Combating Terrorism:

Improved Training and Guidance Needed to More Effectively Address Host Nation Support and Enhance DOD's Force Protection Efforts

GAO-07-200NI: Published: Jan 31, 2007. Publicly Released: Mar 2, 2007.

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Support from nations where the United States has a military presence is a critical aspect of the Department of Defense's (DOD) force protection efforts. Host nation support varies and can include controlling access to installations, providing emergency response capabilities, and sharing threat information. Host nation support will likely continue to play a key role in assisting DOD with its force protection efforts in current and future locations around the world. GAO was asked to (1) identify key elements that influence host nation support and opportunities for DOD to enhance that support and (2) assess the extent to which DOD has a comprehensive view of the level and adequacy of host nation support it receives. For this review, GAO obtained observations and perspectives from DOD, Department of State (State), or host nation officials in 11 countries where the United States has a significant military presence.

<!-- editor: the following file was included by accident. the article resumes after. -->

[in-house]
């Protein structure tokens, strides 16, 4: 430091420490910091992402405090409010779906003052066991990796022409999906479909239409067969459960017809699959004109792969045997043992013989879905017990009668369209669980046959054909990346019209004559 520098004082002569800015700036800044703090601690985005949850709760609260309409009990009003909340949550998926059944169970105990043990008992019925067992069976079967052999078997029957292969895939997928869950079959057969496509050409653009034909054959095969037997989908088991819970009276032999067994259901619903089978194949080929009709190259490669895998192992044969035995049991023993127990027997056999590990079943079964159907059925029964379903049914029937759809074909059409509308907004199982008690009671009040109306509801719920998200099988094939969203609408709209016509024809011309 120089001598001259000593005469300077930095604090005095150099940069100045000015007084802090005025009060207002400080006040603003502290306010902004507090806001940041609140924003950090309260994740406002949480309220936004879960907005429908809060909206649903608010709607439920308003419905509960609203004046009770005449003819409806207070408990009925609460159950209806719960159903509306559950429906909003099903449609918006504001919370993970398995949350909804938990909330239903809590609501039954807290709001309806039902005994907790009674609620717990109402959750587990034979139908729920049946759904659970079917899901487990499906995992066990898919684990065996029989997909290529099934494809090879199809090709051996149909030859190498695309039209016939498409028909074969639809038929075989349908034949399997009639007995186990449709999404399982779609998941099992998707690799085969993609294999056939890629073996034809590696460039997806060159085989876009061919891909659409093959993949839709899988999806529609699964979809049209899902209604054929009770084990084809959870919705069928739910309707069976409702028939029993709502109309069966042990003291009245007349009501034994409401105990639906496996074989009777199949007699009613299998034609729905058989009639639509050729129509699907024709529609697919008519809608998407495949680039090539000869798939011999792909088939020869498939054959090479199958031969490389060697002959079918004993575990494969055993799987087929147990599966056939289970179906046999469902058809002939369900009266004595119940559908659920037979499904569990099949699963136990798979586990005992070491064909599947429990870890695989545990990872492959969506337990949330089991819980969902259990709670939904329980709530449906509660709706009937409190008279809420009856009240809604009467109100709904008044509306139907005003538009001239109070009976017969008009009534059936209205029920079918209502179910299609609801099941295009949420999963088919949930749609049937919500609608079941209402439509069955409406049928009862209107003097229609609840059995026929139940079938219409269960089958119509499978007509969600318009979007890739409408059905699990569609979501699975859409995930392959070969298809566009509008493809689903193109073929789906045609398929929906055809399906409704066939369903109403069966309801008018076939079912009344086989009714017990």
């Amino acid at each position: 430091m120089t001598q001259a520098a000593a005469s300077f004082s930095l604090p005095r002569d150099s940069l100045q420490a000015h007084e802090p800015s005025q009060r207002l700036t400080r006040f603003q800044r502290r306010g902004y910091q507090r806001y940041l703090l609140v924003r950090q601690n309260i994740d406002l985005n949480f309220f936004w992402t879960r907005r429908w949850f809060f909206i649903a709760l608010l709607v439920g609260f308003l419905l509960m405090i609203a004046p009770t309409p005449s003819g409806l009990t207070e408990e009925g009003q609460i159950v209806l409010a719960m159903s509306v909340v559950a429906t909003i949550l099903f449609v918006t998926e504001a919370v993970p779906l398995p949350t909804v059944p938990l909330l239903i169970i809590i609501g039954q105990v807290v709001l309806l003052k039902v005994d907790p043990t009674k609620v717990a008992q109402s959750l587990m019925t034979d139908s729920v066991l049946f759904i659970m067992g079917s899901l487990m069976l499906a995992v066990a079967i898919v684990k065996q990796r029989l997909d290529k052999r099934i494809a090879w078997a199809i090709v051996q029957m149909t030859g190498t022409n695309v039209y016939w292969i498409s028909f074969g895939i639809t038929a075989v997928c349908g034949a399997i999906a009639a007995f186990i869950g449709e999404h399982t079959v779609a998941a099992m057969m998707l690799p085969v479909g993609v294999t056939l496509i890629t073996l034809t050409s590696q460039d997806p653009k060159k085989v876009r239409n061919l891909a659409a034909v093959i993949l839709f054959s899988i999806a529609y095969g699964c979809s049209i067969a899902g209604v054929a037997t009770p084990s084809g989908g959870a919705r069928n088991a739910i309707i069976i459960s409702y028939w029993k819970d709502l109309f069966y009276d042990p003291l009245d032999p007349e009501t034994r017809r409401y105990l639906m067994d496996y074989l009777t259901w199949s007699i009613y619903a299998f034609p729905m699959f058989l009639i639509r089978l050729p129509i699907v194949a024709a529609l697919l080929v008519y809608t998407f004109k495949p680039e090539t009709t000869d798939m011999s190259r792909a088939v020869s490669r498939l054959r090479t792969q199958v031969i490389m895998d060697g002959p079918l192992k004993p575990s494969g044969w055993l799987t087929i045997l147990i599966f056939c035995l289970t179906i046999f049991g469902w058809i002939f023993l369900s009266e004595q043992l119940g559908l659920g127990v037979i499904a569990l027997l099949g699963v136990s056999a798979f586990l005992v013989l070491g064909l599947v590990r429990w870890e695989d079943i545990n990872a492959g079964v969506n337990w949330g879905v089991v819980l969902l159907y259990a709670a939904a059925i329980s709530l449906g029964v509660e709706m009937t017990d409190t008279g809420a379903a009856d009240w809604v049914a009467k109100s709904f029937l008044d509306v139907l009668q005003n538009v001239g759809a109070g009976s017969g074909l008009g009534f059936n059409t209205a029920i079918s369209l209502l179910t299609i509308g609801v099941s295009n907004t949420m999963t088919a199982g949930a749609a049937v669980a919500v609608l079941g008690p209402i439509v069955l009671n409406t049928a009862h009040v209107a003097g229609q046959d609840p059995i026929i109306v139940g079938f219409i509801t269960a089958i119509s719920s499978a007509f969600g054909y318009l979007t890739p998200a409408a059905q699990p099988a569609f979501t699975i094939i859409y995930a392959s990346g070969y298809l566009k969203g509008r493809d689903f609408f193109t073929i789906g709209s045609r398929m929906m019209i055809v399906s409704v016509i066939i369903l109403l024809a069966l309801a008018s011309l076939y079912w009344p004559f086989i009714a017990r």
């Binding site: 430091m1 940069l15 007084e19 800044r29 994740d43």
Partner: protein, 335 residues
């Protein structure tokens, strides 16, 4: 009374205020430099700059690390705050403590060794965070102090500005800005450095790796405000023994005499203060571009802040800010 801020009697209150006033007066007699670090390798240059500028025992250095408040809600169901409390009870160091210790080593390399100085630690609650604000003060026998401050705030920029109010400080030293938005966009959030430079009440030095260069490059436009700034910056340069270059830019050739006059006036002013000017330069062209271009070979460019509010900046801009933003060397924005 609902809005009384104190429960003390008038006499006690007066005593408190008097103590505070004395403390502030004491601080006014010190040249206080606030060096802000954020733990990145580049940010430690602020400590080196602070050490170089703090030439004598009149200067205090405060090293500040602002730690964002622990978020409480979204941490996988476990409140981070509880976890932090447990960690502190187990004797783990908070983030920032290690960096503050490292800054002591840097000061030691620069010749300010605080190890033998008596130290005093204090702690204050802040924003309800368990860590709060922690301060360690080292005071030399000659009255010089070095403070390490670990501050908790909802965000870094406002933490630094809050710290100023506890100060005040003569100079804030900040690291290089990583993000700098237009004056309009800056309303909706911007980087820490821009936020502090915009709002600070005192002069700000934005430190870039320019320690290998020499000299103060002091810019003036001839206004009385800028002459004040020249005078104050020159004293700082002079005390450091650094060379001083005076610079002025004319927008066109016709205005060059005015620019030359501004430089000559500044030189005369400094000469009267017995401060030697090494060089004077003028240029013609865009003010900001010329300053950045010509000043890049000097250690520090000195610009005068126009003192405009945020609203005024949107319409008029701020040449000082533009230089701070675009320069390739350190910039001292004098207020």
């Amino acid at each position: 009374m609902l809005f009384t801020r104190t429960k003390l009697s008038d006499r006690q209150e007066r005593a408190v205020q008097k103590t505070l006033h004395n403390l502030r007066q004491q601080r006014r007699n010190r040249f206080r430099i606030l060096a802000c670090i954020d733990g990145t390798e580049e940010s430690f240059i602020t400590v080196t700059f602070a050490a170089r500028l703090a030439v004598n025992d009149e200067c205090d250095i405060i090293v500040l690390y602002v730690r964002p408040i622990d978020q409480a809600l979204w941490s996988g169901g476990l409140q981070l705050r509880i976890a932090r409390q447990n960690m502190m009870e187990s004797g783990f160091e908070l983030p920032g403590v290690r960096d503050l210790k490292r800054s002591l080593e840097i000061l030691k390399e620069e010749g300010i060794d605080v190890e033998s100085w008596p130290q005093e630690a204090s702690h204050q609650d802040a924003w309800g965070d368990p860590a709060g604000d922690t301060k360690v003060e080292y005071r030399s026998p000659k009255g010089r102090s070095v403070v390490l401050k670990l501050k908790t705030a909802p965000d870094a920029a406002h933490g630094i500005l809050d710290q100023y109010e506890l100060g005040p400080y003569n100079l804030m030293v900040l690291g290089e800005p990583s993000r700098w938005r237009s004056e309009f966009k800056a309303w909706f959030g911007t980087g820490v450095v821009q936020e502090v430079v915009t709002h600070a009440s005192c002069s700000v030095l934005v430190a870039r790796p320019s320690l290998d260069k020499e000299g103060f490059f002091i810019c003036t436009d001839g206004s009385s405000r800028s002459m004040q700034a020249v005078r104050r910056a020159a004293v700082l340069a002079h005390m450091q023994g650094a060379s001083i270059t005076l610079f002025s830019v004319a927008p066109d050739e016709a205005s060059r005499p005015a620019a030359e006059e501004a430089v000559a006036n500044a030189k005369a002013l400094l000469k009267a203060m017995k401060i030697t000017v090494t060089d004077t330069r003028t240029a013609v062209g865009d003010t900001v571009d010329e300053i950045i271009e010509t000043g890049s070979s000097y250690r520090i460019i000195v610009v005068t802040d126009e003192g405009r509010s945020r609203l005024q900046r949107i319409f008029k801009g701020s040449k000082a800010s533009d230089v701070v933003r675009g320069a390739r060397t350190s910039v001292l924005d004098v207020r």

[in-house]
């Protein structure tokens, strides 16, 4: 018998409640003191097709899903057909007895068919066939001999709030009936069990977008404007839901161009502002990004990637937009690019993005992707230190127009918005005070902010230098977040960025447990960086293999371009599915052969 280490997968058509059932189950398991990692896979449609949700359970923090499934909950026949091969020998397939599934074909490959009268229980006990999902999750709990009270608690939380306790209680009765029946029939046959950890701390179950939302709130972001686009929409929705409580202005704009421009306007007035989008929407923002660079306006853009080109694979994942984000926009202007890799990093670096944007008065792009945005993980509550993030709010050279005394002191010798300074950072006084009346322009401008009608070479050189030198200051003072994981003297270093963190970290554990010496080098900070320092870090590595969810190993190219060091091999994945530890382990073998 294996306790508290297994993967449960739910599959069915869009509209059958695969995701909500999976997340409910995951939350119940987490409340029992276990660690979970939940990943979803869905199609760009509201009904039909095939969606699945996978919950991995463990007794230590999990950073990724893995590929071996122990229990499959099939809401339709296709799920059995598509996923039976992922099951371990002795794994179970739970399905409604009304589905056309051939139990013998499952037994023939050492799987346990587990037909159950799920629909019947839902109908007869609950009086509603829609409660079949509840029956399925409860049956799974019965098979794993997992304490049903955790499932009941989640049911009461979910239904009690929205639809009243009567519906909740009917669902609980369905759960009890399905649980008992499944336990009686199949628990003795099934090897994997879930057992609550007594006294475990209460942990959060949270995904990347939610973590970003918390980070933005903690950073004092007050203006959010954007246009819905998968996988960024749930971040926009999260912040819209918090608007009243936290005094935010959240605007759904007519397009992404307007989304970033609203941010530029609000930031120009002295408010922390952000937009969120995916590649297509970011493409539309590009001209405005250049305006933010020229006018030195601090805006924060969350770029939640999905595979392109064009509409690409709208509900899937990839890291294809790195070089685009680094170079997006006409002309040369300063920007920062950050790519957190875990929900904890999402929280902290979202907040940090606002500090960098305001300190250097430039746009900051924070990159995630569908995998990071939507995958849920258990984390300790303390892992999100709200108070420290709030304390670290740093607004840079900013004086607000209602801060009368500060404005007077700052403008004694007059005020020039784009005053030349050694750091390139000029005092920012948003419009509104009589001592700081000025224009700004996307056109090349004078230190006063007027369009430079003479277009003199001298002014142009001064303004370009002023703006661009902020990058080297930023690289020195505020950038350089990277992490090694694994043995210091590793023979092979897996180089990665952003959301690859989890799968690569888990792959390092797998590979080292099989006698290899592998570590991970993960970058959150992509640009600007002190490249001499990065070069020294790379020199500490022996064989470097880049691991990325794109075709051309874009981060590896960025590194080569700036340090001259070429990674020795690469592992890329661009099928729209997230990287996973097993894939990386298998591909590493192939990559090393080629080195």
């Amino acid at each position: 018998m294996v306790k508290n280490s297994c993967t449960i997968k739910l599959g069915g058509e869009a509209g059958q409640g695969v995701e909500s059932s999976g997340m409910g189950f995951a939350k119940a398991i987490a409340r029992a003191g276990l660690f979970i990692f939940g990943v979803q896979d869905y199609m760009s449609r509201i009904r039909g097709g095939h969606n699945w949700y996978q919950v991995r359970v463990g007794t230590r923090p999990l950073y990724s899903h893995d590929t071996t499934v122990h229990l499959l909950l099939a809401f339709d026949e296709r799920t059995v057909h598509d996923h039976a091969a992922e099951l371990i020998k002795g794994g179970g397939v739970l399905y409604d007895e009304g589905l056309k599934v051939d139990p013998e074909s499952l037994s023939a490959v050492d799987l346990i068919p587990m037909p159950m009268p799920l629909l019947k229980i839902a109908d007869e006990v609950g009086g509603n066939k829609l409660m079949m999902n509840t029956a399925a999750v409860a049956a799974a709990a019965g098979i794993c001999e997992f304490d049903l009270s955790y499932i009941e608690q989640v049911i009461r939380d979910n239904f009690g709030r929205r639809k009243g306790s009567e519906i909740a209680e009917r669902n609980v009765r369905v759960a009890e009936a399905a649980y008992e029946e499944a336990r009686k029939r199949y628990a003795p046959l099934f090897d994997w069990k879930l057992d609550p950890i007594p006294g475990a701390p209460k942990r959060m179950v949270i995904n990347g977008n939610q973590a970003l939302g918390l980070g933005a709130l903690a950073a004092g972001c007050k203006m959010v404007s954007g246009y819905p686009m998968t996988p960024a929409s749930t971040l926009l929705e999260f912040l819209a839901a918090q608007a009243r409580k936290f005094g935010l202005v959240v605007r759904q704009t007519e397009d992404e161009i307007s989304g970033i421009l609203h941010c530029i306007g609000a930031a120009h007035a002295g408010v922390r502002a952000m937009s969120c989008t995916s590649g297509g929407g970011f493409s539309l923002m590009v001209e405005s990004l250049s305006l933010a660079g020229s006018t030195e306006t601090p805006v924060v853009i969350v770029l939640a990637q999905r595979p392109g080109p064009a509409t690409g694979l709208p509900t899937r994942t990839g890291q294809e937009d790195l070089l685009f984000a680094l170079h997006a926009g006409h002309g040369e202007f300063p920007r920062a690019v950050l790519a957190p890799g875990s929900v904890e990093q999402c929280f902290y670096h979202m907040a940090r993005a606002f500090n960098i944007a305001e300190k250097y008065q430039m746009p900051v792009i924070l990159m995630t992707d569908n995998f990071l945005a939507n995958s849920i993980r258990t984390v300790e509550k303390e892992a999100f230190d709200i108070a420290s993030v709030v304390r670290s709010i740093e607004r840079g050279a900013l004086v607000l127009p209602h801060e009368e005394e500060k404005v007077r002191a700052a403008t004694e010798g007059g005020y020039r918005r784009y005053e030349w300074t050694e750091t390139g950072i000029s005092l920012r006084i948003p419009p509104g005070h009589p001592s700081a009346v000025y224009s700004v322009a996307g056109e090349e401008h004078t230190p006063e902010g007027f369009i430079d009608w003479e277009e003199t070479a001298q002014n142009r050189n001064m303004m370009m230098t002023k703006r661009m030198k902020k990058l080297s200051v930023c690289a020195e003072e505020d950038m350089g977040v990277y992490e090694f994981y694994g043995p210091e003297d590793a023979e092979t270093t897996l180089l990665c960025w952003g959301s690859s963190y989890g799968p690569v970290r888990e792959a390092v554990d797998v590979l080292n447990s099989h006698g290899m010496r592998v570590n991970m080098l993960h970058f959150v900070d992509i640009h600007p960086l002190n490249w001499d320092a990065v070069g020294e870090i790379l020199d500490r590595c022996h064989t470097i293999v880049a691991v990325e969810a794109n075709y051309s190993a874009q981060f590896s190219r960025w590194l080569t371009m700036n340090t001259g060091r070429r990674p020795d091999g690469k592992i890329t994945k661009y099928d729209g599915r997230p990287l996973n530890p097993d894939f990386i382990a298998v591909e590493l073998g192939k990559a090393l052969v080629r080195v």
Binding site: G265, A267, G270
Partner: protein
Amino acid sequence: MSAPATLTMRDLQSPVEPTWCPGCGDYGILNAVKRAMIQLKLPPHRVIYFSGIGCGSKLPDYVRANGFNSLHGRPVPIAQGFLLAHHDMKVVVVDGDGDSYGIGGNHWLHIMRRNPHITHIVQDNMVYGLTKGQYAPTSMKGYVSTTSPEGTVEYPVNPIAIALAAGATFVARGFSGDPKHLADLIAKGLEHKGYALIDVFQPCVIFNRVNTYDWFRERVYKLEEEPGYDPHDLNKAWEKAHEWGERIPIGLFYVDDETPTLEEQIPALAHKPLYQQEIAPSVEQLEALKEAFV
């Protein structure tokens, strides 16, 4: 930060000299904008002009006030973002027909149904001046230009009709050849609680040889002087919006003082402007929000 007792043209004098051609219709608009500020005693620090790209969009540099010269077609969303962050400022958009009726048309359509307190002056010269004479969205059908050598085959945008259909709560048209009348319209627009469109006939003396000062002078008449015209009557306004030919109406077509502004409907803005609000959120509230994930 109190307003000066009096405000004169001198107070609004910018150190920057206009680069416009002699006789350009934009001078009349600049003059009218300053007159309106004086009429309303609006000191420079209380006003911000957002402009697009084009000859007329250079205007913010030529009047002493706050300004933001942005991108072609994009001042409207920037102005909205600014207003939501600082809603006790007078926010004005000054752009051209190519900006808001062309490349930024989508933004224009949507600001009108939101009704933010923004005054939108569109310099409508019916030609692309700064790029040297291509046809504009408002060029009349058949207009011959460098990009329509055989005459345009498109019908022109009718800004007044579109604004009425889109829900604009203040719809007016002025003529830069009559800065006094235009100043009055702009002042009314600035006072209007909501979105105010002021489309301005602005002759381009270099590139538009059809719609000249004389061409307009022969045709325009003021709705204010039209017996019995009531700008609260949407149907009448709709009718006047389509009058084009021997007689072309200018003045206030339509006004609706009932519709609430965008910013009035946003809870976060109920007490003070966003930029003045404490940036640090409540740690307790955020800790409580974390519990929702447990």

While host nation support is affected by many political, cultural, and economic factors that are beyond the control of DOD or State, GAO identified six key elements that influence host nation support for DOD's force protection efforts. Specifically, to various extents, the following elements influence host nation support: (1) U.S.-host nation agreements, (2) resources and other benefits provided by the United States, (3) working groups and informal outreach activities, (4) training and exercises with host nation officials, (5) threat information sharing, and (6) human capital attributes of key DOD personnel. Within two of these elements, GAO identified opportunities to improve DOD's information sharing and language and cultural training for some personnel. For example, while U.S. policies now encourage the timely exchange of information with host nations to help protect U.S. forces, DOD officials who work with threat information, including foreign disclosure officers, stated that the persistent problem of overclassification of information and the lengthy declassification process, in part caused by inadequately trained DOD personnel, delay information sharing. In addition, GAO found that while a number of DOD personnel have collaborative attitudes, adequate training, and tour durations that allow them to effectively interact with host nation personnel, certain key personnel associated with force protection activities at installations, such as emergency first responders, are not routinely identified for language and cultural training, which can inhibit their ability to fully develop effective relationships with their host nation counterparts. Until these training weaknesses are addressed, DOD may not be fully optimizing host nation support for the department's overseas force protection efforts. Although DOD recognizes that host nation support is a critical component of its force protection efforts, current methods used to monitor the level and adequacy of host nation support are limited in scope. Two factors--limited antiterrorism policy implementing guidance and inadequate commander training--have left commanders with a host nation support perspective primarily focused on perimeter security. While DOD's guidance directs commanders to examine the level and adequacy of host nation support, it does not provide specifics on how to accomplish this. Also, DOD officials said that current antiterrorism training does not provide adequate information on the complex nature of host nation support or encourage the comprehensive monitoring and management of elements that influence support, such as language and cultural training or information sharing. GAO's review of selected assessments and databases that capture their results and track trends found a number of cases where installation force protection weaknesses were reported, but the related host nation support issues that caused those weaknesses were not adequately identified. Until DOD provides additional guidance and training and takes steps to ensure that its oversight methods accurately reflect host nation support issues, it may be unable to identify areas where host nation relationships could be strengthened or risks mitigated.